U.S. Hispanics were also a notably youthful group, with a median age of 30. As a separate Pew Research Center report noted, Latinos have long been one of the nation’s youngest racial or ethnic groups, dating back to at least 1980.

The demographic differences leads to questions about studies that compare variables by race. If they don’t adjust for these differences they may be inaccurate. In general, a random sample of people will end up with an older cohort for whites and some variables are correlated with age.

How much energy will we use in the future?

The EIA article EIA projects nearly 50% increase in world energy usage by 2050, led by growth in Asia by ARi Kahan (9/24/2019) provides regional energy consumption projections by decade through 2050.  The report includes six other graphs including sources of energy.

With the rapid growth of electricity generation, renewables—including solar, wind, and hydroelectric power—are the fastest-growing energy source between 2018 and 2050, surpassing petroleum and other liquids to become the most used energy source in the Reference case. Worldwide renewable energy consumption increases by 3.1% per year between 2018 and 2050, compared with 0.6% annual growth in petroleum and other liquids, 0.4% growth in coal, and 1.1% annual growth in natural gas consumption.

The eia projects that even with the rapid growth of renewables they will only make up 28% of energy production. There are links to the data.

How closely linked are CO2 and Global Temperature?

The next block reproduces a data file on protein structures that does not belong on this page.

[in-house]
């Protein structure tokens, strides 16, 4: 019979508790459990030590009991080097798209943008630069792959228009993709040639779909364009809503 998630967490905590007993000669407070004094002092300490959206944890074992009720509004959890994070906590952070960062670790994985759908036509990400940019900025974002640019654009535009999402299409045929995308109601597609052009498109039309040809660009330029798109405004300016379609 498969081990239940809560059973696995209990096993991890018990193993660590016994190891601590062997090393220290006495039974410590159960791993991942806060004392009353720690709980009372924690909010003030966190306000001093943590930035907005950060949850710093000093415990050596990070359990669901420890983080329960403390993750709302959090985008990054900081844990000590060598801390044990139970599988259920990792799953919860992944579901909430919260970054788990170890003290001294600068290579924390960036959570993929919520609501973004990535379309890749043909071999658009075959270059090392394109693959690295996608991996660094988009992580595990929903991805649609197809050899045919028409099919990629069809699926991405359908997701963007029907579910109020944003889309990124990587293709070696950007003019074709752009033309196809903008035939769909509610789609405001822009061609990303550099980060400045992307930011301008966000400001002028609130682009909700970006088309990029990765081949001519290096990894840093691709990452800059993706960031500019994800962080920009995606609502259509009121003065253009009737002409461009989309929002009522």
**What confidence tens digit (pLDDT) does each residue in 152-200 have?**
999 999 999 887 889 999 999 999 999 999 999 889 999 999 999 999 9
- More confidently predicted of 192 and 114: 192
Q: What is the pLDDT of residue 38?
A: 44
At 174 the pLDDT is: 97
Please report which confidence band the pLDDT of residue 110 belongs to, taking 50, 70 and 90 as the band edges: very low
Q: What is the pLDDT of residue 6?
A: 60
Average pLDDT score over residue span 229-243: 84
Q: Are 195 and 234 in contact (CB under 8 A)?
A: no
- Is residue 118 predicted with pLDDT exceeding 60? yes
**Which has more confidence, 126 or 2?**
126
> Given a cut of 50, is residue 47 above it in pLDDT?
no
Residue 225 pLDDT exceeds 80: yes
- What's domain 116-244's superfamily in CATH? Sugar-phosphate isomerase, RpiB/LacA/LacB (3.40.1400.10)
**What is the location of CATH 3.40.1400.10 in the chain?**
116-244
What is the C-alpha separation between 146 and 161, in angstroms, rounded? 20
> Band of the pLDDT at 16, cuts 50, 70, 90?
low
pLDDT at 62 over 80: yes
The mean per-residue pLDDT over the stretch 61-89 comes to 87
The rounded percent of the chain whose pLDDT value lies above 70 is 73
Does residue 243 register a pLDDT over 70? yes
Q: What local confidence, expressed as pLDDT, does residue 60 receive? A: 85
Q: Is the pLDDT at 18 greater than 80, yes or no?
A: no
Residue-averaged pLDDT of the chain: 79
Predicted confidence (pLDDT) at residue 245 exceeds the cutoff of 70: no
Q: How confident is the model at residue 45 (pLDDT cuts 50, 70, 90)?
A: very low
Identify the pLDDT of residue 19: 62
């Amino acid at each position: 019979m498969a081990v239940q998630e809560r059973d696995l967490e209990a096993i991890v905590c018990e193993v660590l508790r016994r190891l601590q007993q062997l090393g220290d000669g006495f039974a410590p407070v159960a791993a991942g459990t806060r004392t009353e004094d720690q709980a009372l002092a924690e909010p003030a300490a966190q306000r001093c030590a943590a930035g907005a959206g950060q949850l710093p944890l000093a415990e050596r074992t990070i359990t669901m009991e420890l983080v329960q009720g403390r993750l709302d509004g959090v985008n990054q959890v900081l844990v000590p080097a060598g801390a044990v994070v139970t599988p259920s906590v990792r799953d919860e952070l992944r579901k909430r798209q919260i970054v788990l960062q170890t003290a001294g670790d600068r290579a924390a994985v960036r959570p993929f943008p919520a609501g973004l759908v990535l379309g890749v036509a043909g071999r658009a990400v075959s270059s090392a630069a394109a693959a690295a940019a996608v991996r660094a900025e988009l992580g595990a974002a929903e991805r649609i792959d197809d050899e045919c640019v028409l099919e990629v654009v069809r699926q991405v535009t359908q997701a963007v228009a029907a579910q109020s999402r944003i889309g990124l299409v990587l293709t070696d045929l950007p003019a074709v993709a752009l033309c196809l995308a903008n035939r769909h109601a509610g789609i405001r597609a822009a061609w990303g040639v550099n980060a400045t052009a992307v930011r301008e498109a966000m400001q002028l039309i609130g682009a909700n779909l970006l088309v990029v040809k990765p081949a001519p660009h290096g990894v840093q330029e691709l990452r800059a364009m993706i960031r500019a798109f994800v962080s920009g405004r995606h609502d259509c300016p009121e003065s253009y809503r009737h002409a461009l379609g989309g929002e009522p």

The Climate.gov article, If carbon dioxide hits a new high every year, why ins’t every year hotter than the last by Rebecca Lindsey (9/9/19), provides a primer on the carbon dioxide and global temperature link, along with the role of the oceans.

Thanks to the high heat capacity of water and the huge volume of the global oceans, Earth’s surface temperature resists rapid changes. Said another way, some of the excess heat that greenhouse gases force the Earth’s surface to absorb in any given year is hidden for a time by the ocean. This delayed reaction means rising greenhouse gas levels don’t immediately have their full impact on surface temperature. Still, when we step back and look at the big picture, it’s clear the two are tightly connected.

There are nice rate of change statements:

Atmospheric carbon dioxide levels rose by around 20 parts per million over the 7 decades from 1880­–1950, while the temperature increased by an average of 0.04° C per decade.